“I heard that eating salad helps you live longer.”
That’s what one fourth grader proclaimed at last month’s meeting between Watertown elementary school students, school staff members and two local farmers. Wiggly second and fourth graders munched on fresh salad greens and crunchy apples while learning from farmers about how the food on their plate was grown and why it’s important to eat nutrient-rich fruits and vegetables.
Kevin Richardson of Agbotic, in Sackets Harbor, and Jay Canzonier of North Branch Farms in Henderson came to Starbuck Elementary School to talk about local food production and encourage children to adopt healthy eating habits.
“The kids like this food,” said Watertown Food Service Director Colleen Rielly. “They just need to be exposed to it.”
But it’s not always easy to get tasty, farm-fresh food into school cafeterias. Cost, preparation and other factors can make the move away from processed food challenging for many school districts.
In his “No Student Goes Hungry” initiative, Governor Andrew Cuomo has proposed raising the state reimbursement for local food to $0.25 per meal for schools that spend 30% of their food budget on these foods. Since the current reimbursement rate of $0.06 per meal has not changed in over 40 years, when minimum wage was $2.65 an hour, this could be a real boon to farmers in the North Country.
Photo: Over 600 middle school students at H.T. Wiley School in Watertown are offered locally grown salad greens as part of their school lunch.
The Governor’s approach to improving student health and creating sustainable new markets for farmers is already working in Jefferson and St. Lawrence counties, where a pilot version of the same program has been in place since 2016. Through the Drive for 25 program, an initiative spearheaded by Assemblywoman Addie Jenne (D-Theresa) and implemented by ANCA, increased funding has allowed participating schools to expand usage of local food products, jumpstarting local purchasing in those counties.
In the two years since Drive for 25 started, Jenne has secured $600,000 for the effort, which has benefited 19 school districts, 24,000 children and 15 local farms that are now selling directly to schools. Over 150,000 pounds of 47 different local food products have been served at breakfast and lunch in participating schools.
In the Watertown City School District, Reilly and Superintendent Patti Labarr have embraced the Drive for 25 Farm to School program and see firsthand how it’s benefiting students. Local food is now served in eight schools throughout the district. Since September 2017, H.T. Wiley Intermediate School started offering locally produced to over 600 middle school students at lunchtime.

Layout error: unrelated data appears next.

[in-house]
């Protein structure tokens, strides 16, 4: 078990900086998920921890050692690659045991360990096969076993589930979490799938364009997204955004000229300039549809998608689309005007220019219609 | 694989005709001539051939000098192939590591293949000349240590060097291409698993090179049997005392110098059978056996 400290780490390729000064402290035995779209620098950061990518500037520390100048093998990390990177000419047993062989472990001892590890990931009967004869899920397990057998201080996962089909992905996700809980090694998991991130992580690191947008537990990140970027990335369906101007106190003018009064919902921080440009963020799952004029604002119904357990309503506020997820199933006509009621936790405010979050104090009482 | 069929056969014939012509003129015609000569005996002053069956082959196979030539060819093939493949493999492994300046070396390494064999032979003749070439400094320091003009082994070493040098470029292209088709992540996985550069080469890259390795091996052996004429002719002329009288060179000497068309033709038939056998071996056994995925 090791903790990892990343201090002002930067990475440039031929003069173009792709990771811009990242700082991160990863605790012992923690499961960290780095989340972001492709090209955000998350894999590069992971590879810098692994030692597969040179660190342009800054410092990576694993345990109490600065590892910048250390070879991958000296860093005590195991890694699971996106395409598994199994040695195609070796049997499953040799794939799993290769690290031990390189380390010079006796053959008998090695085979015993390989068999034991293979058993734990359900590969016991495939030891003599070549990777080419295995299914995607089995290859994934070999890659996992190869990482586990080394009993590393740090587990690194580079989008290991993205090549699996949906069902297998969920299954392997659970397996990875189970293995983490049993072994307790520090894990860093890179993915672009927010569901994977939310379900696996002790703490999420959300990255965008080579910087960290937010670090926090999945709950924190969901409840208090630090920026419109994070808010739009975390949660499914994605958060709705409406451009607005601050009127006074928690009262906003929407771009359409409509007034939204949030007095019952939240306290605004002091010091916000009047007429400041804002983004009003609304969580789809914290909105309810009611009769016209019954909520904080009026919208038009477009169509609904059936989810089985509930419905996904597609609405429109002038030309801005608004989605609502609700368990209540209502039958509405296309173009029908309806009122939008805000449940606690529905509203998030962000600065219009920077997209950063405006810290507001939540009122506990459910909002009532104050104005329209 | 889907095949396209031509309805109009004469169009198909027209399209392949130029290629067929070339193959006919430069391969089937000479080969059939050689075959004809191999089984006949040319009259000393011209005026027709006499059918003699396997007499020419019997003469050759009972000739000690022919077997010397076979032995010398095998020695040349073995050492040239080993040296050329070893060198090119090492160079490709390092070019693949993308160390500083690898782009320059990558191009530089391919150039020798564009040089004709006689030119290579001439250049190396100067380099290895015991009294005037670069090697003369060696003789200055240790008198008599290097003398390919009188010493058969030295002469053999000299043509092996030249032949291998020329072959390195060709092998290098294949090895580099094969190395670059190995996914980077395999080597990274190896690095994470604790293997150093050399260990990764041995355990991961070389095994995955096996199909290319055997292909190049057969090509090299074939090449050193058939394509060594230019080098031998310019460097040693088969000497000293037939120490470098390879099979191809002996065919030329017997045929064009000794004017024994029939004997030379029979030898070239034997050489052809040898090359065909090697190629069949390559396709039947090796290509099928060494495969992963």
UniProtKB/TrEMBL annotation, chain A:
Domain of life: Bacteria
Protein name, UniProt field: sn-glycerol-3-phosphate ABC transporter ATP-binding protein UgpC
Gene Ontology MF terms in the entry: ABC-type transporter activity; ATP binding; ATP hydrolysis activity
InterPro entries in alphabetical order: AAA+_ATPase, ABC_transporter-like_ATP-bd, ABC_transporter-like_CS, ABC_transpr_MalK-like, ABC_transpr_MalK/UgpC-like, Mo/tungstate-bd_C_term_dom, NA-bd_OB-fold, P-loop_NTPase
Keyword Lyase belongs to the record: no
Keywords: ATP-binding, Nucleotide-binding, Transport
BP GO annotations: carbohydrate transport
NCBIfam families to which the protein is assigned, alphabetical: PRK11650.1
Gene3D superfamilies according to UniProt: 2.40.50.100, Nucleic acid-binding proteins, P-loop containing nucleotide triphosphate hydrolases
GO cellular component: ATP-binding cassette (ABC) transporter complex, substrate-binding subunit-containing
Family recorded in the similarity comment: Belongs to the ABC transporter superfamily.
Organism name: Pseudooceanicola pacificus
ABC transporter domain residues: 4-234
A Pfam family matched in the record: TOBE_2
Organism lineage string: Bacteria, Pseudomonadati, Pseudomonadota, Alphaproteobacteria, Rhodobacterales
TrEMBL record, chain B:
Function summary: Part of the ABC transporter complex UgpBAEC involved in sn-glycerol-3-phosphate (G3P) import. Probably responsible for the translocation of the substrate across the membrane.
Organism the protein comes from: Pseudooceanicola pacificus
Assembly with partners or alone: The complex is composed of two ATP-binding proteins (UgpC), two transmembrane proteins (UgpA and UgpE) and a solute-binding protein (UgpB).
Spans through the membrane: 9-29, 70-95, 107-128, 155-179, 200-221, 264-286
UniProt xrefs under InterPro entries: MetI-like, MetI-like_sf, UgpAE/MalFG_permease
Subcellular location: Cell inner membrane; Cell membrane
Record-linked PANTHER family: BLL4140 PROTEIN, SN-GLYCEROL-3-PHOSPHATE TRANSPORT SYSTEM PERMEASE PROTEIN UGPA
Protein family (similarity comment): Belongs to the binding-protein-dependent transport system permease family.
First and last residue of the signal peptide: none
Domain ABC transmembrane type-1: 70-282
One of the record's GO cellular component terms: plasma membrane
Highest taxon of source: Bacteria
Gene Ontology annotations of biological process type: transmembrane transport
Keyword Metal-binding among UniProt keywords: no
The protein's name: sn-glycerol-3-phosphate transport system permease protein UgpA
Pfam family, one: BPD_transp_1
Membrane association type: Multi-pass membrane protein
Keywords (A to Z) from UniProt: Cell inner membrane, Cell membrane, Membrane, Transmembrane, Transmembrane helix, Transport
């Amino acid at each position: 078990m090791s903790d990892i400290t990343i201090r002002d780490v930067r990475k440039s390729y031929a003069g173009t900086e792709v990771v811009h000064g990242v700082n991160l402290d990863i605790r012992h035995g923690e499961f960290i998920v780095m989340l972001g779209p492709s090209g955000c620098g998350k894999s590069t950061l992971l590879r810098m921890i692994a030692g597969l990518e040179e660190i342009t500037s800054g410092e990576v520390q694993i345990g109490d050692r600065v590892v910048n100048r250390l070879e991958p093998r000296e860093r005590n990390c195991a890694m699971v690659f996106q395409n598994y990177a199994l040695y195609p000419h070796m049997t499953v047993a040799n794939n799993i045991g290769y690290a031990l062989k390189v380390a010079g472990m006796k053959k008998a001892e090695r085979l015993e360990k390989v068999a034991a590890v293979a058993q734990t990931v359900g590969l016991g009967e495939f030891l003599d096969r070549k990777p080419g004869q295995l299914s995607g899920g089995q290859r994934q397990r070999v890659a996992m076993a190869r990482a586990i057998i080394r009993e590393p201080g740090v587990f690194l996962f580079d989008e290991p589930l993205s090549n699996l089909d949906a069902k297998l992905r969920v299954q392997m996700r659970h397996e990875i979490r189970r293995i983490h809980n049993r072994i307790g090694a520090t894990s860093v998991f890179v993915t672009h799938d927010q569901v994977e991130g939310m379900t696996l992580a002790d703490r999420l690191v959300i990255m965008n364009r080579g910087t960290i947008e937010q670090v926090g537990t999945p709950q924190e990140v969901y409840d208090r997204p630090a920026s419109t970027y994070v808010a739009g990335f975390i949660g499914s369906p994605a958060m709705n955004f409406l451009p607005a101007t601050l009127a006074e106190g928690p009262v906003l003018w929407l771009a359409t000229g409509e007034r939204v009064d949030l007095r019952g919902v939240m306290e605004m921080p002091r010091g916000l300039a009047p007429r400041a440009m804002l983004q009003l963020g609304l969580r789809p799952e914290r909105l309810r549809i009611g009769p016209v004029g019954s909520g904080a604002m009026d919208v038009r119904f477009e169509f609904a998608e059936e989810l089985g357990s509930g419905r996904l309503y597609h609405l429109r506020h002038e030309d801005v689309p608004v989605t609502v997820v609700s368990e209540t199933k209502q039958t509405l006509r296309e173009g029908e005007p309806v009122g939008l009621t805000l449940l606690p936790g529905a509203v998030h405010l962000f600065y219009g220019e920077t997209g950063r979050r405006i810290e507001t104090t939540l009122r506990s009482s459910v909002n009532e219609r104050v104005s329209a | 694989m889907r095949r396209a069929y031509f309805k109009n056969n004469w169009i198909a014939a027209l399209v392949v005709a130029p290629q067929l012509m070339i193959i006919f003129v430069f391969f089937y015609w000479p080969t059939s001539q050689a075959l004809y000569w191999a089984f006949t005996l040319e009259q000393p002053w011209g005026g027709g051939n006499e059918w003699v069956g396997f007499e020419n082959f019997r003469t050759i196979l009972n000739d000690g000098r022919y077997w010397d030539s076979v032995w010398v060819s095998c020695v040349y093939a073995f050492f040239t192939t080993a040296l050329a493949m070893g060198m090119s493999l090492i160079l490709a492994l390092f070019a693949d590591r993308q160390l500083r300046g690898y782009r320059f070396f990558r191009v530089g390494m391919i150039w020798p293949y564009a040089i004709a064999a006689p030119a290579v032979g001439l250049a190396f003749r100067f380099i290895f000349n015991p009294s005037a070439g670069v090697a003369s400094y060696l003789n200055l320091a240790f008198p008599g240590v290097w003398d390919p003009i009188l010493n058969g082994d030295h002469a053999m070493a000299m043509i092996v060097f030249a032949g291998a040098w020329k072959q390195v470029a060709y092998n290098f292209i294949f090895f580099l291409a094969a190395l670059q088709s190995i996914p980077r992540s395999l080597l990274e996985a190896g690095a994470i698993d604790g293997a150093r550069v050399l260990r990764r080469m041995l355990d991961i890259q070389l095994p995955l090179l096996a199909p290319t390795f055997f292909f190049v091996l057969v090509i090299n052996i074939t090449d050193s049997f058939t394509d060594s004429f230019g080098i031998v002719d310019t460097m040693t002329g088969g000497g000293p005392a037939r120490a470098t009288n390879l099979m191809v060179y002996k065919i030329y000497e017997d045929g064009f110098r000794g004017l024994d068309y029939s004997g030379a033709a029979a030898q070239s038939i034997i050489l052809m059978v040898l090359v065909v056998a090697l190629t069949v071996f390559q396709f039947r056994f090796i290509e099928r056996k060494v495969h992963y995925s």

Photo: Elementary-age children can be the most receptive and open-minded eaters when they are offered fresh, tasty fruits and vegetables. “They like this food,” said Watertown Food Service Director Colleen Rielly. “They just need to be exposed to it.”
The North Country is ready to move if the reimbursement increase is approved. ANCA’s Farm to School Specialist and local farmer, Renee Smith is working with partners like Cornell Cooperative Extension to facilitate connections between schools and farmers and streamline the local food procurement process.
A refined farm to school model can be adapted to meet the needs of other districts in the North Country region and throughout state. The systems developed with schools can also be more broadly implemented in institutions like hospitals, restaurants, supermarkets, colleges and universities—further strengthening the region’s food system.
The Governor’s proposed expansion to a statewide program would create the stability and critical mass necessary to make the program work on a systems development level. With Drive for 25 funding in place, farmers are able to test out markets and consider significant investments of time and money in their businesses.
Farming is all about cycles and interconnection. Students’ connection to food, farming and good nutrition are all benefits afforded by the Drive for 25 program and other farm to school programs. These programs provide communities with an opportunity to improve childhood nutrition, support local businesses and prepare our children for viable careers in agriculture.
The time is right for our state leaders and economic development organizations to catalyze and support the growing farm to school movement which directly benefits our region’s farms, families, communities and local economies.
For more information about the budget proposal or to get involved, check out the following resources: